by Main Street Insider, Mon Dec 20, 2010 at 09:00:59 PM EST
cross-posted from Main Street Insider
Last week, in part one of our two-part series on filibuster reform, we examined the Constitutional Option to allow majority approval of rules changes. This week, in the 15th and final episode of Season 1,we look at the most prominent package of rules changes discussed to date. Roughly a month ago, Senator Jeff Merkley (D-OR) circulated a "dear colleague" memo outlining a series of changes that are being strongly considered within current Democratic Caucus deliberations.
Enjoy this first season's finale. It's been a fun season for us and we'll be back in January with a whole slate of brand new bills and other policy proposals to summarize!
*Full disclosure: David Waldman, our Public Affairs Director, is an active advisor to the Fix the Senate Now coalition.
Senate Rules Reform and the 112th Congress
Part 2 of 2: The “Merkley Proposal”
Key Proponent: Sen. Jeff Merkley (D-OR)
Click here to download this summary (pdf)
Status: Currently in discussion within the Senate Democratic Caucus, this proposal has emerged as the most prominent and feasible comprehensive rules reform measure. If the Democratic majority exercises the Constitutional Option on the first day of the 112th Congress, they will have an opportunity to reform the filibuster rules with simple majority support. The Democratic Caucus will have 53 members at the time, including Independent Sens. Lieberman and Sanders, so they can only afford to lose three members if no Republicans support the measure. It is currently unclear whether proponents will be able to garner majority support.
Purpose: The Senate has been traditionally known as the deliberative “cooling saucer” of the American government, where the minority right to filibuster can counteract the worst impulses of a majority. But now, in a time of great national distress, many view the filibuster as an enabler of mindless obstruction rather than a tool to promote debate and compromise. Indeed, the percentage of legislation affected by threatened or actual filibusters has risen from 8% in the 1960s to some 70% in the 110th Congress.
Introduced on November 16th in a letter to Senate colleagues, Senator Merkley's proposal is designed to accommodate those who believe the rules must be changed to limit obstruction, but do not support outright elimination of the right to filibuster.
Summary: The reform proposal contains a number of suggestions designed to decrease paralysis, increase deliberation and return the filibuster to its traditional role as conceptualized in the 1939 film “Mr. Smith Goes to Washington”. It includes suggestions to:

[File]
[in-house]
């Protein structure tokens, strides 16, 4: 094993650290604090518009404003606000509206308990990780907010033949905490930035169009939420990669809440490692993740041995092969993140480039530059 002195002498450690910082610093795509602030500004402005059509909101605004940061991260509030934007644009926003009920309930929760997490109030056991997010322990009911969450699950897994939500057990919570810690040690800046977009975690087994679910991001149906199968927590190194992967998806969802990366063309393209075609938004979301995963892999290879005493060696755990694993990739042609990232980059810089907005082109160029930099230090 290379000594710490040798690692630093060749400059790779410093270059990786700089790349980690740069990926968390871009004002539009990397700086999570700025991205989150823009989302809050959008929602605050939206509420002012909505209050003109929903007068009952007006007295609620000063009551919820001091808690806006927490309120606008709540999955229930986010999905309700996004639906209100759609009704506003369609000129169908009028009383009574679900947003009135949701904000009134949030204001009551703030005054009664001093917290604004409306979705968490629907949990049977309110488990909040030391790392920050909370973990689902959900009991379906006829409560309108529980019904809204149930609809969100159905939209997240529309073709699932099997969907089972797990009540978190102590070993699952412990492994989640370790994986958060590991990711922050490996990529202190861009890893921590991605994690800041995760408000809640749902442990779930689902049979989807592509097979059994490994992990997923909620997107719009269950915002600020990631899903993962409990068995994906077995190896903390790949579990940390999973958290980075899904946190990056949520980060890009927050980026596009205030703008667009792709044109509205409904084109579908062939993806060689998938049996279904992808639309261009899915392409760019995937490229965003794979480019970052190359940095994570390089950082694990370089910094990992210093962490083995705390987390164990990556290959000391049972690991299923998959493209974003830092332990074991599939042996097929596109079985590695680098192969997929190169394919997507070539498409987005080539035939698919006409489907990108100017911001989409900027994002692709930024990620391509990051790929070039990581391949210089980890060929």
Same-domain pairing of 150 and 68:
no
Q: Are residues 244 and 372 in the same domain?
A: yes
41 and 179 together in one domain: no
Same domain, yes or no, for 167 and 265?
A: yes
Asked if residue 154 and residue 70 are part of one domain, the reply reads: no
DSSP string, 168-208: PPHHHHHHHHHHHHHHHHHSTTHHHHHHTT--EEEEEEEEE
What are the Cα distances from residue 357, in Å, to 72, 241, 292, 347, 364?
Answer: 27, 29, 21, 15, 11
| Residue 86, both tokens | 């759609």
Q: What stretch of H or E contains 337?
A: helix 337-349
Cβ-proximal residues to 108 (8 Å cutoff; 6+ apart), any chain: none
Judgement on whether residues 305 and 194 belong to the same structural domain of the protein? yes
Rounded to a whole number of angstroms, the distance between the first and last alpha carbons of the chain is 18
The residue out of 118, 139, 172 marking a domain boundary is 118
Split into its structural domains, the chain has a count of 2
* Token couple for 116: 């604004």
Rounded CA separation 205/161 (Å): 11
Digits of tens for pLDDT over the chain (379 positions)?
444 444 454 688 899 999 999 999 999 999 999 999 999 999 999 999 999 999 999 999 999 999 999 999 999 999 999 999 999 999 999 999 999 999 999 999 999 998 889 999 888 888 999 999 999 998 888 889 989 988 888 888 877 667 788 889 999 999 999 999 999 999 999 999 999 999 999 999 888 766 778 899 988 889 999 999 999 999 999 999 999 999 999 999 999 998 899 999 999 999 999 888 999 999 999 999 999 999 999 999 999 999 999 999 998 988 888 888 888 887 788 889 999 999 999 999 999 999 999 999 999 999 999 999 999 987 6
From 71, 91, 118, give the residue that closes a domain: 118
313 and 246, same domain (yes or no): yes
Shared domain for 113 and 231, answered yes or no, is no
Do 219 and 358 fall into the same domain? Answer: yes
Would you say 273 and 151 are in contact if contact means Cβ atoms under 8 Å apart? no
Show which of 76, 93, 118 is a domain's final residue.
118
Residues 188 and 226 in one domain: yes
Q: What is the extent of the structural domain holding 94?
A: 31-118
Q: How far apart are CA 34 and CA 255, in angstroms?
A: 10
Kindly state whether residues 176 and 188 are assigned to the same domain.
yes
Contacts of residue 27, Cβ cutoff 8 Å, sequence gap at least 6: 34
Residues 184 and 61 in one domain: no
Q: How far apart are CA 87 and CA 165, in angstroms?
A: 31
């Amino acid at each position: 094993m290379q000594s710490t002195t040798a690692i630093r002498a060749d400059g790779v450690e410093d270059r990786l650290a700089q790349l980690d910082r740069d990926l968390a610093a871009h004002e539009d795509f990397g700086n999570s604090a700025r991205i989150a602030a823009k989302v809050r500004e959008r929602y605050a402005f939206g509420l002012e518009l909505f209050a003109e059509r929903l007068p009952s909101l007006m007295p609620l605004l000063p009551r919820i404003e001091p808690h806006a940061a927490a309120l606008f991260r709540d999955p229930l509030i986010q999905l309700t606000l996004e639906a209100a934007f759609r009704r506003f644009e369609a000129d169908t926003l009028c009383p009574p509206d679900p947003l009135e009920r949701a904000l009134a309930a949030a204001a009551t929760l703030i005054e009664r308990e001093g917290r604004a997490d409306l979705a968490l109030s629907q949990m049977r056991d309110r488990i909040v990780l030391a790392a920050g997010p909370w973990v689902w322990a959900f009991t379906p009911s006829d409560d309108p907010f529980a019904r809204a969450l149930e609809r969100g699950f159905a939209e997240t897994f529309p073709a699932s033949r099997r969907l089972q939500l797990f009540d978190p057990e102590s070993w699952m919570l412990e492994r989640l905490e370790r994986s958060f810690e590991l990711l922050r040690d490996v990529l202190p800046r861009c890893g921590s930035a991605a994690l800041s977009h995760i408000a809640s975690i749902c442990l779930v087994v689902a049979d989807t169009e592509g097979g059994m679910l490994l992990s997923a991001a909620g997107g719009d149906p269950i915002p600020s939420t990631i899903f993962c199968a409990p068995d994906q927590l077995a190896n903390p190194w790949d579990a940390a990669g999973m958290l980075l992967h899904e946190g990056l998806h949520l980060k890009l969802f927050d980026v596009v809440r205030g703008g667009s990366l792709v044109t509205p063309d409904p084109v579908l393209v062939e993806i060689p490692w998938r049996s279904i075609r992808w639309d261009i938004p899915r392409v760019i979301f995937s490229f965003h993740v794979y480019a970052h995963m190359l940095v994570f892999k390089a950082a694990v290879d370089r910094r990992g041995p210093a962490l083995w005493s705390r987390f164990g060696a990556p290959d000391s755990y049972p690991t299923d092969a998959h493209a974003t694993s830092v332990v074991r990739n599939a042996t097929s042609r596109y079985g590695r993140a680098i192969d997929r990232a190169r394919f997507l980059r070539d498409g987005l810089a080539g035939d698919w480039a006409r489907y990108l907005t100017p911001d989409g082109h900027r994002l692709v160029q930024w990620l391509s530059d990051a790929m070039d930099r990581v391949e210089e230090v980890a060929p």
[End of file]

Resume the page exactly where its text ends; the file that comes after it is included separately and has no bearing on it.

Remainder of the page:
1) Eliminate the ability to filibuster the following:
• Motions to proceed to debate;
• Legislative amendments;
• Appointment of conferees;
2) Shift the burden to the filibustering senators by requiring:
• A petition signed by a “substantial” number of senators to block a majority vote;
• A specific, gradually increasing number of filibustering senators to be present on the floor to keep debate open;
• Continuous debate during a filibuster. If no senator wants to speak at a given time, regular order is immediately restored;
3) Create an similar expedited process for nominations;
4) Establish a minority right to offer legislative amendments;
5) Decrease the partisan segregation of members.
Expected Supporters: Many Senate Democrats, Fix the Senate Now coalition, dozens of constitutional scholars, etc.
• Supporters believe filibuster reform to be crucial to meeting the nation's critical economic, energy/environmental, foreign policy and national security goals. While supporters are split on eliminating the right to filibuster entirely, they all favor provisions that “make them actually filibuster” and limit procedural delay on noncontroversial items of business.
Expected Opponents: Most Senate Republicans, movement conservatives, retiring Sen. Chris Dodd
• Some opponents recoil at the calls to upend longstanding practice in a legislative body primarily defined by its adherence to tradition, believing it is better to change the culture to inspire cooperation than to change the rules for short-term gain. However, others simply wish to preserve the ability to obstruct their political opponents' agenda in the 112th Congress.
Note: For the most part, concrete support and opposition has yet to fully materialize